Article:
New EU rules on securitization will come into effect Jan. 1, 2019, in a bid to restart the market for asset-backed securities in Europe and as part of efforts to create a unified capital market within the bloc.
The new rules on securitization, a process by which a lender converts loans or assets into bonds and sells them on to investors, would enable companies to seek new ways of funding, help banks support the economy and spread risk across market participants, the European Commission said.
The EC estimates that the securitization market could unlock some €150 billion in additional funding for Europe's real economy if it were to return to precrisis levels. Bank lending in Europe accounts for 75% to 80% of total funding of the economy, and the idea is to create more funding sources for small and medium-sized businesses and households.
"This legislation is one of the cornerstones of the Capital Markets Union, the commission's pivotal project to build a single market for capital in the EU," Valdis Dombrovskis, EC vice president responsible for financial stability, financial services and capital markets union, said Dec. 30.
"It will free up bank lending so that more financing can go towards supporting our companies and households."
The EC proposed new securitization rules in September 2015 as part of its capital markets action plan, but enacting the project has been a thorny issue, largely because the securitization market helped spark the previous financial crisis.
A safer framework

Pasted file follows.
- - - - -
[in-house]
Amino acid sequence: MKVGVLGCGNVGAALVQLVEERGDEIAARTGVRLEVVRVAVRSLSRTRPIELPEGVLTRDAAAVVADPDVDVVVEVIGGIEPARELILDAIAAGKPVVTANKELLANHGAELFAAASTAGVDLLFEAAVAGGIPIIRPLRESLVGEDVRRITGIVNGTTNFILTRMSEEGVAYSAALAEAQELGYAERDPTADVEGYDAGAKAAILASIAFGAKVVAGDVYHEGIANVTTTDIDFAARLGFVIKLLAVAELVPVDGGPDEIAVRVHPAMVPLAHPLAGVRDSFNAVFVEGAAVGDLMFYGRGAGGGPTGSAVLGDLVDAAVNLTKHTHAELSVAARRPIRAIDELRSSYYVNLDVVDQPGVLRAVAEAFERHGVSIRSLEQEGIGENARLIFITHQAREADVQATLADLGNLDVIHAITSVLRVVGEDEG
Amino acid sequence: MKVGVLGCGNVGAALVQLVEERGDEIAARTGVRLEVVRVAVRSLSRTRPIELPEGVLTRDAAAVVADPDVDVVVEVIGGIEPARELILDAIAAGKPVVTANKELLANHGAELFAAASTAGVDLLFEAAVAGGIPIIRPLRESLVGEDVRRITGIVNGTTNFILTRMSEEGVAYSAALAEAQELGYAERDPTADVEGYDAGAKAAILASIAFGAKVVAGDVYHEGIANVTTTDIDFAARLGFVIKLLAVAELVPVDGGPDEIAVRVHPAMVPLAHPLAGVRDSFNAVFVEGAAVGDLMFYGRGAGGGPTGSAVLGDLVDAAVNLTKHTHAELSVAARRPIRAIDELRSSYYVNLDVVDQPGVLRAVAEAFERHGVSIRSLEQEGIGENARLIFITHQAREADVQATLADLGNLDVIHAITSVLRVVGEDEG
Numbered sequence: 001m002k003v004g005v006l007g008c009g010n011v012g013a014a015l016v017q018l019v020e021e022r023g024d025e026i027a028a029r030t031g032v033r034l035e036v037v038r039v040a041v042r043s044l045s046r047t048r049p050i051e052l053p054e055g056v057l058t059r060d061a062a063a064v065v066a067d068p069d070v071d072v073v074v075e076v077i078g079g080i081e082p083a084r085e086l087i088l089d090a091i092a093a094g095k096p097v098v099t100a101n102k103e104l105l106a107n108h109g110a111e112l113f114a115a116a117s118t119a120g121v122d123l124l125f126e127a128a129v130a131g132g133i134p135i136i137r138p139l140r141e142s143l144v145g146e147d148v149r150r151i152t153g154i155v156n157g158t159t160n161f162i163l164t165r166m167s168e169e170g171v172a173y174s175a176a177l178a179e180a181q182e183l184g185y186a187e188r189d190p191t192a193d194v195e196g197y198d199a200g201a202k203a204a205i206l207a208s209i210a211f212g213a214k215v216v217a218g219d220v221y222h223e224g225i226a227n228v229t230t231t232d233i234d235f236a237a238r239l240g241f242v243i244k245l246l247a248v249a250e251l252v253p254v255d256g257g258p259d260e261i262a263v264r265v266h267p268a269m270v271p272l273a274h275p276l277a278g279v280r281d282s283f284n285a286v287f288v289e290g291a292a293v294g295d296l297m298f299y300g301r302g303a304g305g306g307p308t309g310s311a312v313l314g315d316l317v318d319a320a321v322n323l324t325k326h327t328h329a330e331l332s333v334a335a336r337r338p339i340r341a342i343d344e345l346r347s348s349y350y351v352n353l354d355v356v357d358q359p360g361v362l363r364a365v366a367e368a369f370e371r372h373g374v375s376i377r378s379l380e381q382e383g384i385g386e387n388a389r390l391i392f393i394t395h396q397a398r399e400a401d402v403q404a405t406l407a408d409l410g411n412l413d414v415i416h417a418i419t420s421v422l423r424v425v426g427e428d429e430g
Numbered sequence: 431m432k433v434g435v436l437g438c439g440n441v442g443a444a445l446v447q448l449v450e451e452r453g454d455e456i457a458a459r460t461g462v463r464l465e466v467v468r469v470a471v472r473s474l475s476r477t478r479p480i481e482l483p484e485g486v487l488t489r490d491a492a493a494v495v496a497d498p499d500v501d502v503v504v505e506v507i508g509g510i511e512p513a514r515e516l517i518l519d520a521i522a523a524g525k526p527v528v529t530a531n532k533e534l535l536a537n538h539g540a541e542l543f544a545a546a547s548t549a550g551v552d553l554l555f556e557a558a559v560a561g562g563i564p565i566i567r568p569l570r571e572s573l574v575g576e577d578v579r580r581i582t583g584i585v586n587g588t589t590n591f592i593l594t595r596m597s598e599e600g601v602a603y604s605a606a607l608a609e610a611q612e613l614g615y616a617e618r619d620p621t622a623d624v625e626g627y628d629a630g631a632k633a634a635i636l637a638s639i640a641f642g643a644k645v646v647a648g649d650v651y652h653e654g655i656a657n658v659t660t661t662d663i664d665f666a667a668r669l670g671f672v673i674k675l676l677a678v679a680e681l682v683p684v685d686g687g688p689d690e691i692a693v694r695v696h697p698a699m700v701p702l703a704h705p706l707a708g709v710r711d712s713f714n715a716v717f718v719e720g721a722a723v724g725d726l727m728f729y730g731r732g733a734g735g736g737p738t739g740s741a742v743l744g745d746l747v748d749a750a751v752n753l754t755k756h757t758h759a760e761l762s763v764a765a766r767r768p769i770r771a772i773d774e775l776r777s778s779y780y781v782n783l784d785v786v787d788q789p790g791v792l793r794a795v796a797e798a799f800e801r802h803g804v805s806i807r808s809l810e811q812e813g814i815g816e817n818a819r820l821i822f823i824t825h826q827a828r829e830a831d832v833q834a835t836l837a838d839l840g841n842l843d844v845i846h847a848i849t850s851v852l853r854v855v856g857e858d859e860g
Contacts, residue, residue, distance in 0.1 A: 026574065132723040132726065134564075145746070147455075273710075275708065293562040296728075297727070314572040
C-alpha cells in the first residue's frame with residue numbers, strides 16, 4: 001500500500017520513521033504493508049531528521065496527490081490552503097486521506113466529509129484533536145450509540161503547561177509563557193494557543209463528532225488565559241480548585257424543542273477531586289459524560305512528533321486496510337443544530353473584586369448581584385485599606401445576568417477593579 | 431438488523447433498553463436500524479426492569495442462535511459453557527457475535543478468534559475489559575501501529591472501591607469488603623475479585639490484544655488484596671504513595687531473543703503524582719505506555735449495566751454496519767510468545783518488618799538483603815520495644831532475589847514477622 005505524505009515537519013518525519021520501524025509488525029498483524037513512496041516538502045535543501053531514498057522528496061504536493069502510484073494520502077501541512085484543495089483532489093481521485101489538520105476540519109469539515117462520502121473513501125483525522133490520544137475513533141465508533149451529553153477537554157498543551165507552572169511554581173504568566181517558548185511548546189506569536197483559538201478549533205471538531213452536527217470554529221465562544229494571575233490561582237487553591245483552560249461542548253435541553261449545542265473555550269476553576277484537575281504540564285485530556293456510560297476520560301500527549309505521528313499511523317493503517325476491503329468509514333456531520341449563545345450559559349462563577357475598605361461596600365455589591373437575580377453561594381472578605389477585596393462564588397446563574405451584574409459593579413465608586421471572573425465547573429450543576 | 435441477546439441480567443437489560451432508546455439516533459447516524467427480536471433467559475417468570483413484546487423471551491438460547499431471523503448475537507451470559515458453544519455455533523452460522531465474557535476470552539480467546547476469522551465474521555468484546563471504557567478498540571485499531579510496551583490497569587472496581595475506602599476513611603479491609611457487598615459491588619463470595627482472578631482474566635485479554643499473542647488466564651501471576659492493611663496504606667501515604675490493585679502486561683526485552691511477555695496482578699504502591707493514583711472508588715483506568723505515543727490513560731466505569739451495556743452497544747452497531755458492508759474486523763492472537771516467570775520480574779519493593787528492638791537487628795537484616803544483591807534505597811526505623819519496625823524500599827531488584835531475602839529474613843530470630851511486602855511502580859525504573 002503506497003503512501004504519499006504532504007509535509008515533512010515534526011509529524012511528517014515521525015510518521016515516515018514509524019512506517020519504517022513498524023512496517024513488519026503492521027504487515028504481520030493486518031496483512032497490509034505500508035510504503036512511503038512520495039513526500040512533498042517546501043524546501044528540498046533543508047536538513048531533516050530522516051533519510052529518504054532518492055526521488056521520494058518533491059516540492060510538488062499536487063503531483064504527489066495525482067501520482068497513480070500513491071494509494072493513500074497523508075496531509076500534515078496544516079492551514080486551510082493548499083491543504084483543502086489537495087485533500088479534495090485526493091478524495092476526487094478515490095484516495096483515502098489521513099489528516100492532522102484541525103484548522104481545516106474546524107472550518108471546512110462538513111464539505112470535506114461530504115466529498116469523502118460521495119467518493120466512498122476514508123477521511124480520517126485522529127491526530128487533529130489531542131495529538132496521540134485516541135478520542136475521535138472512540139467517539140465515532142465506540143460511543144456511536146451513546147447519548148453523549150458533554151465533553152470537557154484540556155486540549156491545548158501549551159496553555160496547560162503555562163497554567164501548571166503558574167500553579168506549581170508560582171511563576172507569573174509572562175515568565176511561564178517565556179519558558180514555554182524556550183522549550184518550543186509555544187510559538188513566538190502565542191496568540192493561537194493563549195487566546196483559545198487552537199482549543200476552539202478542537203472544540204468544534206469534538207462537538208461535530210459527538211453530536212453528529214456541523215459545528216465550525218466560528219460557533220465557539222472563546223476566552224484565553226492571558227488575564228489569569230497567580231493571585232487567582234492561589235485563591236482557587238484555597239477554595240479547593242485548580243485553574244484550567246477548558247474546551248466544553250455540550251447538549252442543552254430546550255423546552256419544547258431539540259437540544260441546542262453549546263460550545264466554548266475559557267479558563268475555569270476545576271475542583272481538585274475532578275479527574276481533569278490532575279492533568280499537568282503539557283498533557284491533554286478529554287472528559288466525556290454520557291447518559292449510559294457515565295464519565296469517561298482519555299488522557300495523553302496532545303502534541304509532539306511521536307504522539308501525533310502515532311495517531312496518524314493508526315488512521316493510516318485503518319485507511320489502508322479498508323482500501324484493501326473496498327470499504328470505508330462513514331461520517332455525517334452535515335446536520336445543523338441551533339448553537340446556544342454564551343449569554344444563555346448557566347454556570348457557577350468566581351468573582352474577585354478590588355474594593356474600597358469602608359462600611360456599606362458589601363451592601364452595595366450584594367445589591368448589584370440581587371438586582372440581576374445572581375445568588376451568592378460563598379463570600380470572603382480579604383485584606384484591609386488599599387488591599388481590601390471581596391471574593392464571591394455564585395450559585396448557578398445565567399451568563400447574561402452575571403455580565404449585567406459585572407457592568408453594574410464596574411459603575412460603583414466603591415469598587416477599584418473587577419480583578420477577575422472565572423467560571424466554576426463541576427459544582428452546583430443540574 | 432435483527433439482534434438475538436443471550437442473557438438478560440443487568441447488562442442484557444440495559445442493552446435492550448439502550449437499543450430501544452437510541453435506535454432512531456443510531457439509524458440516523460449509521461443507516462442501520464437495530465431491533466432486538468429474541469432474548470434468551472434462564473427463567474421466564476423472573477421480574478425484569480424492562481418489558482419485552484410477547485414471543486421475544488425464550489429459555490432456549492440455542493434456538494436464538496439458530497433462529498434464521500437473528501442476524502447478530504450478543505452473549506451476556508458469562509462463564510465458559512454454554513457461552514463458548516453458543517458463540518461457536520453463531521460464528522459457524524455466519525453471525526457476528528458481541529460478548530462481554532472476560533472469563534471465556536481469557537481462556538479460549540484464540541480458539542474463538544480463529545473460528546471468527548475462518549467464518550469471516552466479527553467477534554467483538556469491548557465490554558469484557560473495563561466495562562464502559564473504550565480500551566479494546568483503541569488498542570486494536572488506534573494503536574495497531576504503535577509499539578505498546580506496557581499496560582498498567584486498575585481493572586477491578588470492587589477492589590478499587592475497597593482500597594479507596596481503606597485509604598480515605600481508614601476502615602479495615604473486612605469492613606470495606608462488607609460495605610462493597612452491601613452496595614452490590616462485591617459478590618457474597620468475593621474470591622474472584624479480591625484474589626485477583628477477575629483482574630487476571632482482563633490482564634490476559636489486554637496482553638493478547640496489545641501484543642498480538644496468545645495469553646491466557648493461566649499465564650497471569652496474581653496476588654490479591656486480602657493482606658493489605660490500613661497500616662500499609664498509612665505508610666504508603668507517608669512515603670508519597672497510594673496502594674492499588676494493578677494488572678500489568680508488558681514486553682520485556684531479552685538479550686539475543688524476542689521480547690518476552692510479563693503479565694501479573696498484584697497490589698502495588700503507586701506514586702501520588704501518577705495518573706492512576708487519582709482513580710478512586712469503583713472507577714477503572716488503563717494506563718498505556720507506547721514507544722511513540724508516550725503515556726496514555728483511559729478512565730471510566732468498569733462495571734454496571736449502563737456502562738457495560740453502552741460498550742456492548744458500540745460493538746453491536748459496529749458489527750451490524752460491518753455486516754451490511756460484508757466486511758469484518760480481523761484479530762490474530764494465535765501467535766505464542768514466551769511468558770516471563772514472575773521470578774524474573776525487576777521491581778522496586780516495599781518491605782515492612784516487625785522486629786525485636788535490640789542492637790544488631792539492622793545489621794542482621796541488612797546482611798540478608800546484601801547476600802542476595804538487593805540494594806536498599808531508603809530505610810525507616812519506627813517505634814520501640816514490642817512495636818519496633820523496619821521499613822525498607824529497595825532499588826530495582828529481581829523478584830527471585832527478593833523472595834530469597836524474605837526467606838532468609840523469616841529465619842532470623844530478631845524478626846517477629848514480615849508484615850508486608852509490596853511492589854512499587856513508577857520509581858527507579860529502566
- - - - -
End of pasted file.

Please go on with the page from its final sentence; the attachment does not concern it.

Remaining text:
However, it said the new simple, transparent and standardized framework would not resemble that of the U.S. subprime mortgage securitization market that was a driver of the financial crisis. The new rules are designed to protect the EU securitization market from the dangers of the past and will differentiate between simple and more transparent securitization products and other products, which do not meet the necessary criteria, the EC said.
Securitized assets must not mix different kinds of loans — car loans must only be packaged with car loans and residential mortgages with residential mortgages — and must be created according to the same lending standards as any other loan.
Under the new rules, institutional investors will have to demonstrate to regulators that they understand securitization investments and have calculated the risks involved. They will also need to monitor performance and ensure the securitization's original lender is compliant with the rules.
The new regulations also ban resecuritizations and prohibit residential mortgage-backed securitizations backed by loans marketed and underwritten with information not verified by the lender. Banks offering securitized debt may be eligible for lower capital requirements against the debt to encourage issuance, but they will also have to retain at least 5% of securitized instruments.